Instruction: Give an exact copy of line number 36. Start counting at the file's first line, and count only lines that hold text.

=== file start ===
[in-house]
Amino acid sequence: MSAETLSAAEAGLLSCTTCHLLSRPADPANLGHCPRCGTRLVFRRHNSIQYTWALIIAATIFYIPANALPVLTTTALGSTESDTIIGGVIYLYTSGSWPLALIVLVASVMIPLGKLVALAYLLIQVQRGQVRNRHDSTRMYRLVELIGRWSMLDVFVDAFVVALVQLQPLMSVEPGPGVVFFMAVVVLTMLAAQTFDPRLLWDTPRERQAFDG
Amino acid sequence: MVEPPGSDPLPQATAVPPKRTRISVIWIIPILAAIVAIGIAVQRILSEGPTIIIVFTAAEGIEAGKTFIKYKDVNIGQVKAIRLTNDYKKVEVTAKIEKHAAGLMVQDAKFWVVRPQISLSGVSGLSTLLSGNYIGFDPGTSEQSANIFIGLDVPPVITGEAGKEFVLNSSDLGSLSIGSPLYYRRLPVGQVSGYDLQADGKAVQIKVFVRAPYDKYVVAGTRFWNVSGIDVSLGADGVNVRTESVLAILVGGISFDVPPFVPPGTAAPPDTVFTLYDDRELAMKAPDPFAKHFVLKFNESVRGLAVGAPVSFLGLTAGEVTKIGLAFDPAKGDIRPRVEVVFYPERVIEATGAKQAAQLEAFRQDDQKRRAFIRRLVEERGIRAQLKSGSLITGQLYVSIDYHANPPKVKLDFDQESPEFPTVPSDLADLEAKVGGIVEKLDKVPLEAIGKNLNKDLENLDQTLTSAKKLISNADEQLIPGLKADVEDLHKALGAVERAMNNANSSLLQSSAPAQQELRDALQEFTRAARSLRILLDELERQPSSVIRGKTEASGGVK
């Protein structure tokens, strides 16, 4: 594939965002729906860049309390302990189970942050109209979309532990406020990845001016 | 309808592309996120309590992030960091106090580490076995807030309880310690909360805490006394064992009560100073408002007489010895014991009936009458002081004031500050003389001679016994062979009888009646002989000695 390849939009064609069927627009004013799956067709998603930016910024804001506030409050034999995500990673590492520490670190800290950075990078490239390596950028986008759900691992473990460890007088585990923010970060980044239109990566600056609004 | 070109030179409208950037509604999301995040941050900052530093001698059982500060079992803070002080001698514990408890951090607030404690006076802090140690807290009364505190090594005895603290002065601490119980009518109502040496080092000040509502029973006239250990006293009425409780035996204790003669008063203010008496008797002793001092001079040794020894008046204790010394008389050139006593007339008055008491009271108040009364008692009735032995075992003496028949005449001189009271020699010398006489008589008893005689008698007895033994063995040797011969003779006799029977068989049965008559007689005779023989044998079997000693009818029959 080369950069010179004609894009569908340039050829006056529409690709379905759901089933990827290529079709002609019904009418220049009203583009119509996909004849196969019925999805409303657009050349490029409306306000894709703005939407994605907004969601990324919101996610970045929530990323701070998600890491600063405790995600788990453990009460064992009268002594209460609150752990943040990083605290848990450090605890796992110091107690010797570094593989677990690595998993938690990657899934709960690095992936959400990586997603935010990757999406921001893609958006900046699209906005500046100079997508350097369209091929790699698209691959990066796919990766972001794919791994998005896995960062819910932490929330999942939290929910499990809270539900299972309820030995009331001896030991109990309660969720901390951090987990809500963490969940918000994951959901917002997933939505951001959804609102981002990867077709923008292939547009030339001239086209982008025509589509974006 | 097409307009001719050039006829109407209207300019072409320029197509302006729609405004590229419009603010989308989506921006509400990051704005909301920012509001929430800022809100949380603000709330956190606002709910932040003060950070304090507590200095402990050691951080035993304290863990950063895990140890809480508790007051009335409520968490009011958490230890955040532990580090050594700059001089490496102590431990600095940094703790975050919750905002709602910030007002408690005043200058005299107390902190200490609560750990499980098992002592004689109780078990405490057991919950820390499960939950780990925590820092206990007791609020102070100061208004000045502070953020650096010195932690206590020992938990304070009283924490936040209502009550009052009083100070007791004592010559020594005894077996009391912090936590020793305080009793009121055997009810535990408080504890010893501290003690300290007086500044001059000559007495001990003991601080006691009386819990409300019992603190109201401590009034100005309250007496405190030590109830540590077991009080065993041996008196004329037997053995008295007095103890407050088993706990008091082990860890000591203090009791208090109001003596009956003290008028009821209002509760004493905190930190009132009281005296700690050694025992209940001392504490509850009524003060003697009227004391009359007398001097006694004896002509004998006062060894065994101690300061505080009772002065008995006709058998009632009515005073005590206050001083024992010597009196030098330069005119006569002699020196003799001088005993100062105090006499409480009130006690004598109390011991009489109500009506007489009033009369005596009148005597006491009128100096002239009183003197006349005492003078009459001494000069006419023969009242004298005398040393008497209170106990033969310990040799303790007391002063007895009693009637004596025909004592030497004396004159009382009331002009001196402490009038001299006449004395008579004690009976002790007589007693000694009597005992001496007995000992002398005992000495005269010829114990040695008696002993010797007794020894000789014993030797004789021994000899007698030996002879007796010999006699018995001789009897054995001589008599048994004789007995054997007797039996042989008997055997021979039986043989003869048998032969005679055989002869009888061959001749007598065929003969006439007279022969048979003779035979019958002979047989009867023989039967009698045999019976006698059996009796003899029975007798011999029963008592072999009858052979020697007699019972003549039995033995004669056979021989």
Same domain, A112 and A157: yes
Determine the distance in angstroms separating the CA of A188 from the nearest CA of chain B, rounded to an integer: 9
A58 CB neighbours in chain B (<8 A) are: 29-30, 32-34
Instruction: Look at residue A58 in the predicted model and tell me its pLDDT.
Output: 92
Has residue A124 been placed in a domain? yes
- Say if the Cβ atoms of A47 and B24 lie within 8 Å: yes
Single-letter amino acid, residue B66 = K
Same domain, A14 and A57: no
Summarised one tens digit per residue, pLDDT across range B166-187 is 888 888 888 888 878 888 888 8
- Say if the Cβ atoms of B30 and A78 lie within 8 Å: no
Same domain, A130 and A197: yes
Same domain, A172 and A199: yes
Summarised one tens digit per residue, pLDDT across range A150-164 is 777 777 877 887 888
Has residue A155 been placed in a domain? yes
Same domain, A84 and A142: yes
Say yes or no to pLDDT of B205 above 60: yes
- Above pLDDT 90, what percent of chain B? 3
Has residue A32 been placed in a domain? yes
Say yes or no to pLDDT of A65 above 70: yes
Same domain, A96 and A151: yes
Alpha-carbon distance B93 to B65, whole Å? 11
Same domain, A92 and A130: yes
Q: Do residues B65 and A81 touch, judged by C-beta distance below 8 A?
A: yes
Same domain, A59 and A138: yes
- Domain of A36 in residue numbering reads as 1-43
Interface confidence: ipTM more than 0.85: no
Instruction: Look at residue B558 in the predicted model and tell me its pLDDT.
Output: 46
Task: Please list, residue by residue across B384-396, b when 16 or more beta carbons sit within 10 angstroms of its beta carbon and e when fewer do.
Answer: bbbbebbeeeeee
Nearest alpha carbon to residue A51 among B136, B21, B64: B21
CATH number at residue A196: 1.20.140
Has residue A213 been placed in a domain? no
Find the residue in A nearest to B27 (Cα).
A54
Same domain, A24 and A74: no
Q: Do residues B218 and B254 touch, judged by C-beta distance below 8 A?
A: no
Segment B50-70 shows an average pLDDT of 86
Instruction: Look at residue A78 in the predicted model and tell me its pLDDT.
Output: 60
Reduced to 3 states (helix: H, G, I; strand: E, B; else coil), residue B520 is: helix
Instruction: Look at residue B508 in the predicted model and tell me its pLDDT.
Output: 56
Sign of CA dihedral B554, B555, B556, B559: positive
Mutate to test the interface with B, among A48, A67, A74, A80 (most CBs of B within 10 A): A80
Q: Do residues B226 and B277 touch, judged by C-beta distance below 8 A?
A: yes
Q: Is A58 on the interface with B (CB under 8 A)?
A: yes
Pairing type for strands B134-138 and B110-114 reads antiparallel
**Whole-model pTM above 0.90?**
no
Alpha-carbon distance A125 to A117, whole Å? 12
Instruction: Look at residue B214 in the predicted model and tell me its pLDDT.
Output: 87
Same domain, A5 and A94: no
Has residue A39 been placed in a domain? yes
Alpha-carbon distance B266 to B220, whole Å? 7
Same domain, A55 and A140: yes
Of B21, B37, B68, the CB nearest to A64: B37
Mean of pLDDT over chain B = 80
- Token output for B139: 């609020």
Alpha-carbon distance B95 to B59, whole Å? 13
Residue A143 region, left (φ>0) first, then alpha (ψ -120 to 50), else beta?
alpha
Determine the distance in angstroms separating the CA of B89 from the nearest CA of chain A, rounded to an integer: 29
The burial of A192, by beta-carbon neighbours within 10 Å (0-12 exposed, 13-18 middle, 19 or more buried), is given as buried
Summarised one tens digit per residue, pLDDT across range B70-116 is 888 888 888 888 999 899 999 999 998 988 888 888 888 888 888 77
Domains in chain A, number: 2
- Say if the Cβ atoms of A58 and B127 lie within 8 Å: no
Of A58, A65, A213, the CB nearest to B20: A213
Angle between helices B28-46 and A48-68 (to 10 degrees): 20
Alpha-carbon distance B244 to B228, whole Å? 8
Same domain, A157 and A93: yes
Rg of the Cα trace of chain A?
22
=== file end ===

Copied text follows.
Answer: bbbbebbeeeeee